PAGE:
Atticus Finch Character Analysis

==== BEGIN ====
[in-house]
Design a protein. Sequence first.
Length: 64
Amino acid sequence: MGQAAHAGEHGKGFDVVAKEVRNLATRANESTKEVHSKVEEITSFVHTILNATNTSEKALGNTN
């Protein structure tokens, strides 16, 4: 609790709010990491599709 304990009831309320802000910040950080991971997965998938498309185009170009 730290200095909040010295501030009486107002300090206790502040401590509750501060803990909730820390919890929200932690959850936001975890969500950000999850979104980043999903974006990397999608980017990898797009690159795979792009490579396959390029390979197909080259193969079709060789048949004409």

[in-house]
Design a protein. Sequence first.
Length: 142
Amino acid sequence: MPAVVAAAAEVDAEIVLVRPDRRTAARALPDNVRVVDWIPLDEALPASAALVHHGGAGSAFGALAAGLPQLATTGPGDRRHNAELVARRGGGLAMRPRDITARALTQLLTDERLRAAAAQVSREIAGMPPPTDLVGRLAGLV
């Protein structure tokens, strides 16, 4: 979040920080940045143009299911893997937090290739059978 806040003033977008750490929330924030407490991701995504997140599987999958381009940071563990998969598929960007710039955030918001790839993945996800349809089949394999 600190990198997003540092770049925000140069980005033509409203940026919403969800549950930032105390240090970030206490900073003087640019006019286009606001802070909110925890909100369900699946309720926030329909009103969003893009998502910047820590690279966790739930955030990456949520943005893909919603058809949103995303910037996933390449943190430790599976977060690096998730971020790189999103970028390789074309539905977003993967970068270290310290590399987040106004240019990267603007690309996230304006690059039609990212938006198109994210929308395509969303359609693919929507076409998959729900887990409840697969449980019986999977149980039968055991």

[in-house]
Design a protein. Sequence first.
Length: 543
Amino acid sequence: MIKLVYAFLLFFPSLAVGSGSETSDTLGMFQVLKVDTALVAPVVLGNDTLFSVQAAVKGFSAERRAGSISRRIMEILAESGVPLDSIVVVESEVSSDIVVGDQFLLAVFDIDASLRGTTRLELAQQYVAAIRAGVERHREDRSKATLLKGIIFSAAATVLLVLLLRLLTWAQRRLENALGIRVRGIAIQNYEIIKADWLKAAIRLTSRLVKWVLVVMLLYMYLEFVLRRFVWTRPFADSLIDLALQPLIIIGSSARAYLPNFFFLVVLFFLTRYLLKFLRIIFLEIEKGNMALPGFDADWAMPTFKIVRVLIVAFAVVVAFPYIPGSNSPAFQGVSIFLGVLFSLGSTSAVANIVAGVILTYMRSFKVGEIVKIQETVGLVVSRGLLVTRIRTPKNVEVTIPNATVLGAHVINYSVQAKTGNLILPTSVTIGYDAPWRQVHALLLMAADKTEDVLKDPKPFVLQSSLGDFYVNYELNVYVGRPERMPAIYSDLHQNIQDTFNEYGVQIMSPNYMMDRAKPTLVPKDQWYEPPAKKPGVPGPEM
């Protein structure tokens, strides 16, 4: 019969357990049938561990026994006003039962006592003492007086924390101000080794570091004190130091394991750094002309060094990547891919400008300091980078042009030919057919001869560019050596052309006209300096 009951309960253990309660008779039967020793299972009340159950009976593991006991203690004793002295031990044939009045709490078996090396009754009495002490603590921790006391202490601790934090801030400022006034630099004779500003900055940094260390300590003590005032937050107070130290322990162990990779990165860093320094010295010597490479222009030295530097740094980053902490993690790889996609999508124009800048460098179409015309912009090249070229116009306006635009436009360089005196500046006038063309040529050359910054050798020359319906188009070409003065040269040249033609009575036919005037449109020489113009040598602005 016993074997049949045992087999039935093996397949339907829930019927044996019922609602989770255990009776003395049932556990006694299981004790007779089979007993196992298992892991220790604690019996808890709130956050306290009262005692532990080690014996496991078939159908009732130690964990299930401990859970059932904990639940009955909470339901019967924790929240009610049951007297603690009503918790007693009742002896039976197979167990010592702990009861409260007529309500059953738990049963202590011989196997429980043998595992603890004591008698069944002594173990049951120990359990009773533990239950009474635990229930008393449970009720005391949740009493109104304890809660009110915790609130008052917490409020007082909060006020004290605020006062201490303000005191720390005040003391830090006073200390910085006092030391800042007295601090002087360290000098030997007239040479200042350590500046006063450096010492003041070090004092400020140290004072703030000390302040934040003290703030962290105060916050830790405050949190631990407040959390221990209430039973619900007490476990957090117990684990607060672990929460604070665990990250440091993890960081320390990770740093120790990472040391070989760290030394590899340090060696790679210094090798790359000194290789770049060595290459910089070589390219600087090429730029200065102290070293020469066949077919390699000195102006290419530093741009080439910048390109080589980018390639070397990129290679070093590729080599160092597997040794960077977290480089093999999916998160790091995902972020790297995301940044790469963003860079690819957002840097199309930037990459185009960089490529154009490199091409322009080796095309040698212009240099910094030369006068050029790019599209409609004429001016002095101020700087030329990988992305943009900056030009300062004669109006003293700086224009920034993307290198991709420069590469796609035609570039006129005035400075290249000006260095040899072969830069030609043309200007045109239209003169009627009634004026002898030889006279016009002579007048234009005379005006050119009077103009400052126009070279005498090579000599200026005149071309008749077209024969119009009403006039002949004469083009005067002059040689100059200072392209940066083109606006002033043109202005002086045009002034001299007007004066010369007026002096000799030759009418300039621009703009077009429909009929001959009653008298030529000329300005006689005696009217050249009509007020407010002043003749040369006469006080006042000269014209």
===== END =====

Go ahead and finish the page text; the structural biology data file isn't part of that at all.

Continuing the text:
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When Scout complains about Miss Caroline, Atticus states, “You never really understand a person until you consider things from his point of view . . . until you climb into his skin and walk around in it” (Lee 33). Atticus Finch says empathy is based on sympathy, on being able to see another person 's point of view and comprehend why they act the way they do even if it 's hard to agree with it. He is allocating fatherly advice to Scout by telling her that Miss Caroline was probably just trying to do her best in a new environment. This piece of advice supports Scouts development throughout the novel by making her not as agile to judge. Although Atticus is crucial to his children 's growth, he can’t give a “feminine” input which sometimes flaws his parenting, but Lee proves that good parenting requires a person to do the right thing, no matter the circumstances through fairness, perspective, and integrity. Atticus’ fairness displays he is a good parent because he considers that everyone deserves a chance to be understood and have motives for their actions. After disclosing the news to his son and daughter of Tom’s death, Atticus says, “Depends on how you look at it. What was one Negro, more or less, among two hundred of ‘em? He wasn’t Tom to them, he was an escaping prisoner” (Lee 235). Atticus always attempts to place himself in other people’s places in order to give everyone a chance of being understood. He still speaks highly of the people who killed Tom Robinson an
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